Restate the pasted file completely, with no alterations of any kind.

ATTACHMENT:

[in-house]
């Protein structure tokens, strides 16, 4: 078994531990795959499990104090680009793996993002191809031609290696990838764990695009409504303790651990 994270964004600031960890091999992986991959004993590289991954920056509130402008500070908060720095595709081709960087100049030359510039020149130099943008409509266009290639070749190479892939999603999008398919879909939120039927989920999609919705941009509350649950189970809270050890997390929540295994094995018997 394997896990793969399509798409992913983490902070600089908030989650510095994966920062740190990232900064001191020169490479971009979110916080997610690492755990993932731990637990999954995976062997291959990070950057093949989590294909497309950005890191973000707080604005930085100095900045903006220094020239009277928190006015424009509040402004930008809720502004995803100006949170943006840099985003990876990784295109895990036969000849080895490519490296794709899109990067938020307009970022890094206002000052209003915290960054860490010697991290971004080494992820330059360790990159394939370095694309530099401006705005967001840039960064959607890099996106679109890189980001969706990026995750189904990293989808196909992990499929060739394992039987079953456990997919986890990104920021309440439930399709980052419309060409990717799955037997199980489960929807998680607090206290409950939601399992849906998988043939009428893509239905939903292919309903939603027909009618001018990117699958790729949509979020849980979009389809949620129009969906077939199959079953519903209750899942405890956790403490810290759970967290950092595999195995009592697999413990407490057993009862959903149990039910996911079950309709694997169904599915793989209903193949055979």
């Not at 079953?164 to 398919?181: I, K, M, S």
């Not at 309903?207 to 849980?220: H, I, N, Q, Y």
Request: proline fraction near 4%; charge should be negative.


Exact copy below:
[in-house]
């Protein structure tokens, strides 16, 4: 078994531990795959499990104090680009793996993002191809031609290696990838764990695009409504303790651990 994270964004600031960890091999992986991959004993590289991954920056509130402008500070908060720095595709081709960087100049030359510039020149130099943008409509266009290639070749190479892939999603999008398919879909939120039927989920999609919705941009509350649950189970809270050890997390929540295994094995018997 394997896990793969399509798409992913983490902070600089908030989650510095994966920062740190990232900064001191020169490479971009979110916080997610690492755990993932731990637990999954995976062997291959990070950057093949989590294909497309950005890191973000707080604005930085100095900045903006220094020239009277928190006015424009509040402004930008809720502004995803100006949170943006840099985003990876990784295109895990036969000849080895490519490296794709899109990067938020307009970022890094206002000052209003915290960054860490010697991290971004080494992820330059360790990159394939370095694309530099401006705005967001840039960064959607890099996106679109890189980001969706990026995750189904990293989808196909992990499929060739394992039987079953456990997919986890990104920021309440439930399709980052419309060409990717799955037997199980489960929807998680607090206290409950939601399992849906998988043939009428893509239905939903292919309903939603027909009618001018990117699958790729949509979020849980979009389809949620129009969906077939199959079953519903209750899942405890956790403490810290759970967290950092595999195995009592697999413990407490057993009862959903149990039910996911079950309709694997169904599915793989209903193949055979």
């Not at 079953?164 to 398919?181: I, K, M, S």
């Not at 309903?207 to 849980?220: H, I, N, Q, Y």
Request: proline fraction near 4%; charge should be negative.